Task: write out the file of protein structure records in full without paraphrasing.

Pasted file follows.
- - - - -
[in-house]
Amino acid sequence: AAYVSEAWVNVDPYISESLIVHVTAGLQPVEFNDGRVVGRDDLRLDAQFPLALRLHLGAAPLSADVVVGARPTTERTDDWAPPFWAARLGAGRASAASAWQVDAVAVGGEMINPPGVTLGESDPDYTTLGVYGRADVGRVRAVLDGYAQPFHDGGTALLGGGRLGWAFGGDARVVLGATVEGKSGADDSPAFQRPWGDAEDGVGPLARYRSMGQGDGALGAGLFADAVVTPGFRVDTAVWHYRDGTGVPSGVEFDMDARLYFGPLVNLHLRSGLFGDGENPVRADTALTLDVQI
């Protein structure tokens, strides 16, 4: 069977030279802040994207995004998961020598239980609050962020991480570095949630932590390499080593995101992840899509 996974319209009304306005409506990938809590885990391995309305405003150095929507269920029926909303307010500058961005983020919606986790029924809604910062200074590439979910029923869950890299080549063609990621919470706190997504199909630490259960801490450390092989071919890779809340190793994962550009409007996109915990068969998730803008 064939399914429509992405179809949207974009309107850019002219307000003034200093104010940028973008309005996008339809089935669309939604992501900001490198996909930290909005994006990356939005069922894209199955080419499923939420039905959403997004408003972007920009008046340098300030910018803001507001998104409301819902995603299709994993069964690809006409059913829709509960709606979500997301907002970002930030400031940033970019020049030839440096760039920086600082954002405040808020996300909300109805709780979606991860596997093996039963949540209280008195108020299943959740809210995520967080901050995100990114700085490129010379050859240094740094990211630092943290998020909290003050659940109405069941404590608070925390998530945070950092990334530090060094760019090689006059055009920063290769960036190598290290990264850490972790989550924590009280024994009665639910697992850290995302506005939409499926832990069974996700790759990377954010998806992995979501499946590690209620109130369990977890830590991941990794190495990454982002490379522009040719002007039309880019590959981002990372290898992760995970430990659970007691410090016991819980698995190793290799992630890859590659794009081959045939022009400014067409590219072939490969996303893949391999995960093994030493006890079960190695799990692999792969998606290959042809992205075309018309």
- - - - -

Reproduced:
[in-house]
Amino acid sequence: AAYVSEAWVNVDPYISESLIVHVTAGLQPVEFNDGRVVGRDDLRLDAQFPLALRLHLGAAPLSADVVVGARPTTERTDDWAPPFWAARLGAGRASAASAWQVDAVAVGGEMINPPGVTLGESDPDYTTLGVYGRADVGRVRAVLDGYAQPFHDGGTALLGGGRLGWAFGGDARVVLGATVEGKSGADDSPAFQRPWGDAEDGVGPLARYRSMGQGDGALGAGLFADAVVTPGFRVDTAVWHYRDGTGVPSGVEFDMDARLYFGPLVNLHLRSGLFGDGENPVRADTALTLDVQI
């Protein structure tokens, strides 16, 4: 069977030279802040994207995004998961020598239980609050962020991480570095949630932590390499080593995101992840899509 996974319209009304306005409506990938809590885990391995309305405003150095929507269920029926909303307010500058961005983020919606986790029924809604910062200074590439979910029923869950890299080549063609990621919470706190997504199909630490259960801490450390092989071919890779809340190793994962550009409007996109915990068969998730803008 064939399914429509992405179809949207974009309107850019002219307000003034200093104010940028973008309005996008339809089935669309939604992501900001490198996909930290909005994006990356939005069922894209199955080419499923939420039905959403997004408003972007920009008046340098300030910018803001507001998104409301819902995603299709994993069964690809006409059913829709509960709606979500997301907002970002930030400031940033970019020049030839440096760039920086600082954002405040808020996300909300109805709780979606991860596997093996039963949540209280008195108020299943959740809210995520967080901050995100990114700085490129010379050859240094740094990211630092943290998020909290003050659940109405069941404590608070925390998530945070950092990334530090060094760019090689006059055009920063290769960036190598290290990264850490972790989550924590009280024994009665639910697992850290995302506005939409499926832990069974996700790759990377954010998806992995979501499946590690209620109130369990977890830590991941990794190495990454982002490379522009040719002007039309880019590959981002990372290898992760995970430990659970007691410090016991819980698995190793290799992630890859590659794009081959045939022009400014067409590219072939490969996303893949391999995960093994030493006890079960190695799990692999792969998606290959042809992205075309018309």